My sister (about 10 years old) and I (about 6 years old) stood in the front of the counter at the little West End Grocery Store. She had a dime; I had a nickel. That meant she could buy two treats, and me only one.
I looked over the treat possibilities trying to decide which would taste the best. Then I looked over at my sister, and she had a frosty bottle of pop in one hand and a minty ice cream one in the other hand. She’d take a slurp from her pop, and then a slick from her cone. Back and forth — slick, slurp …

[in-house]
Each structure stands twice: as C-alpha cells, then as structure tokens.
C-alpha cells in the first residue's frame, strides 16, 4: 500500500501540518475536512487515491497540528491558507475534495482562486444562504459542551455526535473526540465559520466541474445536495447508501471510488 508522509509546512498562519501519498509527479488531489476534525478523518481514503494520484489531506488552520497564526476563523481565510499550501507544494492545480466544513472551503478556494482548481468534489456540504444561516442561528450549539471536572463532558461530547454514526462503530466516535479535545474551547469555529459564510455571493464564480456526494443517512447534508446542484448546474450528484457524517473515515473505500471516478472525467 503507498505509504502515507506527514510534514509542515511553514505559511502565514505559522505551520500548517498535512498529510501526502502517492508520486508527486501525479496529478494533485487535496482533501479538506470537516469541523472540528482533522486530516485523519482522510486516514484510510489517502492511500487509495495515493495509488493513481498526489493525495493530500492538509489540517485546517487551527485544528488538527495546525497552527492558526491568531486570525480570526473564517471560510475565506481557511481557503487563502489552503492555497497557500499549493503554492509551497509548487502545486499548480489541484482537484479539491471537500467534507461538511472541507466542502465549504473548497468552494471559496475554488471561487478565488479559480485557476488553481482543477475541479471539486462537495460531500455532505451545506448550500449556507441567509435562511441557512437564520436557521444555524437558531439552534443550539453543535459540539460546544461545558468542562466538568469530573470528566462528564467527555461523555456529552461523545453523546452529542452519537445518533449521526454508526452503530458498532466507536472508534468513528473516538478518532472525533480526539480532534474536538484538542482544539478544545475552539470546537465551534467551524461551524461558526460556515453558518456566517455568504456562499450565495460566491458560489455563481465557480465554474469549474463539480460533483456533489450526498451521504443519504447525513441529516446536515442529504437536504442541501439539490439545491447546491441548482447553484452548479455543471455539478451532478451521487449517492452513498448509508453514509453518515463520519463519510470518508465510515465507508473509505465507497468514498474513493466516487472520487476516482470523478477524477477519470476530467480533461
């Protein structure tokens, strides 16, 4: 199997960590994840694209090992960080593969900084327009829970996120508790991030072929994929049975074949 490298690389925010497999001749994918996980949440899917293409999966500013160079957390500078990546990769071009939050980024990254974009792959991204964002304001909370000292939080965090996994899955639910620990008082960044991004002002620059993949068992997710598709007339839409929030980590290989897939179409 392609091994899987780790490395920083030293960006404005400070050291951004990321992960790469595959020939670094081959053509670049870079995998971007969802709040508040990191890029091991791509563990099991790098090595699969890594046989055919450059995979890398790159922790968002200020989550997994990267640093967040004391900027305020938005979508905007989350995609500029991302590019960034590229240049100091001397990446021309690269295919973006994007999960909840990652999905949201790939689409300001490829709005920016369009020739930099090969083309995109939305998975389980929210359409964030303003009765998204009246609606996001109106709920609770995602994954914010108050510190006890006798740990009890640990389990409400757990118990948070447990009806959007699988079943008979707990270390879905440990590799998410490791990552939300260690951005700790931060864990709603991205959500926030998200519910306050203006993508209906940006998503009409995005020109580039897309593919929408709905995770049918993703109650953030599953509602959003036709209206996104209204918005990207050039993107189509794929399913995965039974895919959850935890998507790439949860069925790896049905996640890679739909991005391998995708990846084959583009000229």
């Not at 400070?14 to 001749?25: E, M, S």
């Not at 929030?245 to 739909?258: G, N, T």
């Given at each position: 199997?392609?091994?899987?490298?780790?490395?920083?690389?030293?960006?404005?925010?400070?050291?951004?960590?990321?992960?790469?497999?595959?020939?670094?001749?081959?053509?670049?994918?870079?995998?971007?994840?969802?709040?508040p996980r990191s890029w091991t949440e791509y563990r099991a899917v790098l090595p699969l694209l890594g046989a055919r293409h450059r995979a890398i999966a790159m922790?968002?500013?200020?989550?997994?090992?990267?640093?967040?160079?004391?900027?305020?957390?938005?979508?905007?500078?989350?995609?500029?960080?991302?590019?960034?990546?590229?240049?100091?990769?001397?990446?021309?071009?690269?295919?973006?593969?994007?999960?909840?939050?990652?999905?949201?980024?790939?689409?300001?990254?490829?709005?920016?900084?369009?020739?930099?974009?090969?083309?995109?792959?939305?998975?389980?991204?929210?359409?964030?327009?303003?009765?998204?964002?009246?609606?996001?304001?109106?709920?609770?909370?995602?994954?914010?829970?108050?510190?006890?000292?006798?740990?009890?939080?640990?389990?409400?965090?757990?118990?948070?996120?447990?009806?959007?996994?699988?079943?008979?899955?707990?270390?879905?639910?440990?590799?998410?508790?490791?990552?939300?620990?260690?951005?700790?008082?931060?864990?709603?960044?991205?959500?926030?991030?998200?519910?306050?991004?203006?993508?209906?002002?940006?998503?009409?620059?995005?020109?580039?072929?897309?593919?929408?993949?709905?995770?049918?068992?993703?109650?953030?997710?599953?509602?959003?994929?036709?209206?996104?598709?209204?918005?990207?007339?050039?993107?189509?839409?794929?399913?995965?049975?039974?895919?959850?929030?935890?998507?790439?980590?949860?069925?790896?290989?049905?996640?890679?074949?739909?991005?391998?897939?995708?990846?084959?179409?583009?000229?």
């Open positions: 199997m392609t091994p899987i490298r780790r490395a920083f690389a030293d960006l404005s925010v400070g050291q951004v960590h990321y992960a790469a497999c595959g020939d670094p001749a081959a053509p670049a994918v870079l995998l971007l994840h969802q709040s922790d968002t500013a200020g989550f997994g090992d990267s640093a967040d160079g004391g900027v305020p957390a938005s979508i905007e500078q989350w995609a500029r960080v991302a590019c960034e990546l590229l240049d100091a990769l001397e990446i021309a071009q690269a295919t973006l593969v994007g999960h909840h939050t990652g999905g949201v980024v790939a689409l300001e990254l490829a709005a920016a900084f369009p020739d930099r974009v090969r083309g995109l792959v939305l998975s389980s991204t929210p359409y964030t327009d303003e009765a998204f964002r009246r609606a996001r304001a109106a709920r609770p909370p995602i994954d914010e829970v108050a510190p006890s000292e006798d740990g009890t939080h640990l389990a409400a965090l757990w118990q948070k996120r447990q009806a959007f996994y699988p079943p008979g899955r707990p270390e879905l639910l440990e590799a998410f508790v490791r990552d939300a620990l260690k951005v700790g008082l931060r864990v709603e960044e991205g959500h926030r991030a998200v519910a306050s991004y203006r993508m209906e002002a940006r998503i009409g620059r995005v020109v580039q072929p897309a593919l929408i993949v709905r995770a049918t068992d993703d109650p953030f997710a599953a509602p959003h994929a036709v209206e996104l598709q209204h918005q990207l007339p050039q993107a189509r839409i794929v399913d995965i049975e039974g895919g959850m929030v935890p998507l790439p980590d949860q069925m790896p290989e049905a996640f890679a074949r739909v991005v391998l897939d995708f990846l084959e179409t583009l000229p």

Well, I with my nickel had to decide which I wanted most — the slick or the slurp. The “slick” won. It was great for a while; she’d do her “slick-slurp” while I did my “slick”; another “slick-slurp” to my “slick”.
The muscles tightened; the free fist clenched. Though I was not prone to hissy fits, I did have a meltdown that day.
I turned to my dad crying “Ice cream AND pop tasted just as good to me as it did to HER!”
I left the store slicking my cone in one hand and slurping my pop from the other.
Genevieve Jeppesen Mielke has lived in Worthington for 90-plus years. This article is written to be included with memoirs of other family reunion members.